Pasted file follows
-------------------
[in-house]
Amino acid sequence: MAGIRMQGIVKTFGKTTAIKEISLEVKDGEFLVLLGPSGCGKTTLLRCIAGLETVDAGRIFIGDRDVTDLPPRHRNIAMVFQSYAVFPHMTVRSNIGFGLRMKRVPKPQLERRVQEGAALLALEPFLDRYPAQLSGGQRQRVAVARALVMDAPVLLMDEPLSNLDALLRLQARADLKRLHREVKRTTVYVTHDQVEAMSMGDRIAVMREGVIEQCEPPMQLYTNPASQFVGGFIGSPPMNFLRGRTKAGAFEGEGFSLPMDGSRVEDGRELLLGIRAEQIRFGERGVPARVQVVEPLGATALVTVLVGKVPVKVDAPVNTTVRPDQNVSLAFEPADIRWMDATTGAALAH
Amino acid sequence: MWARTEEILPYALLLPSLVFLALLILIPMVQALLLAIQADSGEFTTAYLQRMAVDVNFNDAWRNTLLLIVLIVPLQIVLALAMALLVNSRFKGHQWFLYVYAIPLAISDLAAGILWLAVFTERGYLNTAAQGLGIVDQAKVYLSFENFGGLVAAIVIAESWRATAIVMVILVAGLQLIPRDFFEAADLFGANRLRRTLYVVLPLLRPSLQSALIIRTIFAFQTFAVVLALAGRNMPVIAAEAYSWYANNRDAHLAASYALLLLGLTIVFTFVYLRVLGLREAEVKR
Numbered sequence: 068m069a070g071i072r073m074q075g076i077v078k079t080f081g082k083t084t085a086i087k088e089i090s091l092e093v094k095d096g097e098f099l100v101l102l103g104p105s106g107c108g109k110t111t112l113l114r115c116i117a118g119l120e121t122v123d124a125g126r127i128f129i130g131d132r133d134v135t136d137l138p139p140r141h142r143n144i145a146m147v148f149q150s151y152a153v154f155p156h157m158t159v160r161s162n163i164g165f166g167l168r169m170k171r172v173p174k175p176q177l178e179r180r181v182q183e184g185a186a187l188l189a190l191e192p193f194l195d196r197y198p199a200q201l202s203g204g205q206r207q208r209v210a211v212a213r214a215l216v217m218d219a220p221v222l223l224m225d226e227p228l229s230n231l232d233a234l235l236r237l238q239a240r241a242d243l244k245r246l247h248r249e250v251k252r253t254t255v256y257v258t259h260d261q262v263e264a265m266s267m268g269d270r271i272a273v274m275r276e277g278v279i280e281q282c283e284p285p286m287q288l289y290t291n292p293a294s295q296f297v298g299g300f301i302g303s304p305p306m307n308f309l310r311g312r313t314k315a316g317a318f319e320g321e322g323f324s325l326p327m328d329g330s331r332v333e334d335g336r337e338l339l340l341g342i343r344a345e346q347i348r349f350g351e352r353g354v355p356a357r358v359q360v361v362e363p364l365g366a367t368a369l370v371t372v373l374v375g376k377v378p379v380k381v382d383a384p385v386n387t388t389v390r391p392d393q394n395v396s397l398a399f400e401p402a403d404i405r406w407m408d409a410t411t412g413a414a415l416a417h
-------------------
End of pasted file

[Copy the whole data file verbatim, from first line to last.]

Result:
[in-house]
Amino acid sequence: MAGIRMQGIVKTFGKTTAIKEISLEVKDGEFLVLLGPSGCGKTTLLRCIAGLETVDAGRIFIGDRDVTDLPPRHRNIAMVFQSYAVFPHMTVRSNIGFGLRMKRVPKPQLERRVQEGAALLALEPFLDRYPAQLSGGQRQRVAVARALVMDAPVLLMDEPLSNLDALLRLQARADLKRLHREVKRTTVYVTHDQVEAMSMGDRIAVMREGVIEQCEPPMQLYTNPASQFVGGFIGSPPMNFLRGRTKAGAFEGEGFSLPMDGSRVEDGRELLLGIRAEQIRFGERGVPARVQVVEPLGATALVTVLVGKVPVKVDAPVNTTVRPDQNVSLAFEPADIRWMDATTGAALAH
Amino acid sequence: MWARTEEILPYALLLPSLVFLALLILIPMVQALLLAIQADSGEFTTAYLQRMAVDVNFNDAWRNTLLLIVLIVPLQIVLALAMALLVNSRFKGHQWFLYVYAIPLAISDLAAGILWLAVFTERGYLNTAAQGLGIVDQAKVYLSFENFGGLVAAIVIAESWRATAIVMVILVAGLQLIPRDFFEAADLFGANRLRRTLYVVLPLLRPSLQSALIIRTIFAFQTFAVVLALAGRNMPVIAAEAYSWYANNRDAHLAASYALLLLGLTIVFTFVYLRVLGLREAEVKR
Numbered sequence: 068m069a070g071i072r073m074q075g076i077v078k079t080f081g082k083t084t085a086i087k088e089i090s091l092e093v094k095d096g097e098f099l100v101l102l103g104p105s106g107c108g109k110t111t112l113l114r115c116i117a118g119l120e121t122v123d124a125g126r127i128f129i130g131d132r133d134v135t136d137l138p139p140r141h142r143n144i145a146m147v148f149q150s151y152a153v154f155p156h157m158t159v160r161s162n163i164g165f166g167l168r169m170k171r172v173p174k175p176q177l178e179r180r181v182q183e184g185a186a187l188l189a190l191e192p193f194l195d196r197y198p199a200q201l202s203g204g205q206r207q208r209v210a211v212a213r214a215l216v217m218d219a220p221v222l223l224m225d226e227p228l229s230n231l232d233a234l235l236r237l238q239a240r241a242d243l244k245r246l247h248r249e250v251k252r253t254t255v256y257v258t259h260d261q262v263e264a265m266s267m268g269d270r271i272a273v274m275r276e277g278v279i280e281q282c283e284p285p286m287q288l289y290t291n292p293a294s295q296f297v298g299g300f301i302g303s304p305p306m307n308f309l310r311g312r313t314k315a316g317a318f319e320g321e322g323f324s325l326p327m328d329g330s331r332v333e334d335g336r337e338l339l340l341g342i343r344a345e346q347i348r349f350g351e352r353g354v355p356a357r358v359q360v361v362e363p364l365g366a367t368a369l370v371t372v373l374v375g376k377v378p379v380k381v382d383a384p385v386n387t388t389v390r391p392d393q394n395v396s397l398a399f400e401p402a403d404i405r406w407m408d409a410t411t412g413a414a415l416a417h